It seems like the range is known. Let's assume it goes up to 1<<20, just to make it more interesting:
So make a list that (in effect) maps an integer to its base 2 logarithm. The following will do the trick:
for i in range(max_log2+1):
(This doesn't do anything useful for numbers that aren't powers of two; the problem statement suggests they don't need to be handled. Would be easy enough to fix that though.)
The function to get the logarithm is very simple, and could easily be inlined:
I can't guarantee that the test code I wrote is exactly the same as the one being used to get the example timings, but this is rather quicker than the
stringcount: 0.43 s.
table: 0.16 s.
Since all the values in the table are less than 256, I wondered whether using a string instead of a list would be quicker, or maybe an
array.array of bytes, but no dice:
string: 0.25 s.
arr: 0.21 s.
dict to do the lookup is another possibility, taking advantage of the way only powers of two are being checked:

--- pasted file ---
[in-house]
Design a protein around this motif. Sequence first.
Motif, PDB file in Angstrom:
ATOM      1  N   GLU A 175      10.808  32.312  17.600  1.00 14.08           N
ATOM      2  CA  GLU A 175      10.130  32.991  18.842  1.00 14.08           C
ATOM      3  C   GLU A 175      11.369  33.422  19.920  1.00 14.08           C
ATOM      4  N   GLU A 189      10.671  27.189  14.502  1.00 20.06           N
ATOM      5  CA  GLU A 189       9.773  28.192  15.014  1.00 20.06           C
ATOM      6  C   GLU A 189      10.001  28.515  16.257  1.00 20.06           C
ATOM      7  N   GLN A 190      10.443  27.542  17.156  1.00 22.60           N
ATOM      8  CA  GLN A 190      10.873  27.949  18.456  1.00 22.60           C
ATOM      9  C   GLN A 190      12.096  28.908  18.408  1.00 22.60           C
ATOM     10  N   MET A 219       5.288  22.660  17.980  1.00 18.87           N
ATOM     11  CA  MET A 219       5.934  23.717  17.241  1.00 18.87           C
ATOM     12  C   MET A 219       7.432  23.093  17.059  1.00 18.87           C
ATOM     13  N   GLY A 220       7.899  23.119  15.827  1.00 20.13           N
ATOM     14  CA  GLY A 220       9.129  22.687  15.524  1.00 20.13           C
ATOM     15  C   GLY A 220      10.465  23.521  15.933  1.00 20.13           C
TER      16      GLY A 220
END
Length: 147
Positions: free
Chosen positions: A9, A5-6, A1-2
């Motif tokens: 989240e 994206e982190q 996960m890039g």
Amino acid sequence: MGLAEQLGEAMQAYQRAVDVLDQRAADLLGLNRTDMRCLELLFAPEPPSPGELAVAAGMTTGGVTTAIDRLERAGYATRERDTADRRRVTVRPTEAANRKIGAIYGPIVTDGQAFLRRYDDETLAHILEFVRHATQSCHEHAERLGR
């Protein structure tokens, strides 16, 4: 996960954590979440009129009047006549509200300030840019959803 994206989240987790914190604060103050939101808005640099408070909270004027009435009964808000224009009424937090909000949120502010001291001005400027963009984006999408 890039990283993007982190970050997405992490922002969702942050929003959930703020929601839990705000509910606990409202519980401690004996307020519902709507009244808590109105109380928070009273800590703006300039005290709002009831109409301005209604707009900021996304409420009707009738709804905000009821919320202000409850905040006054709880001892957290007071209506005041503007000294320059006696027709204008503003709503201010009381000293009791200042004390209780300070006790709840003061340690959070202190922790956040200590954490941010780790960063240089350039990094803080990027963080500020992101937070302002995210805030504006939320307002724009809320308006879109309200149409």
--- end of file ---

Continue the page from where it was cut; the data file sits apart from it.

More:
log2s_map=dict([(1<<x,x) for x in range(max_log2+1)])
The results for this weren't as good, though:
map: 0.20 s.
And just for fun one could also use the
hex method on float objects to get a string that includes (as its last part) the base 2 exponent of the number. This is a bit slow to extract in general, but if the exponent is only ever going to be one digit it could be done straightforwardly enough:
This is purely for entertainment value though as it was uncompetetive -- though, amazingly, still quicker than the bitwise approach.
So it looks like using a list is the way to go.
(This approach won't scale indefinitely, due to limited memory, but to make up for that the execution speed won't depend on
max_log2, or the input values, in any way that you'll notice when running python code. Regarding the memory consumption, if I remember my python internals correctly, the table will take up about
(1<<max_log2)*4 bytes, because the contents are all small integers that the interpreter will intern automatically. SO, when
max_log2 is 20, that's about 4MB.)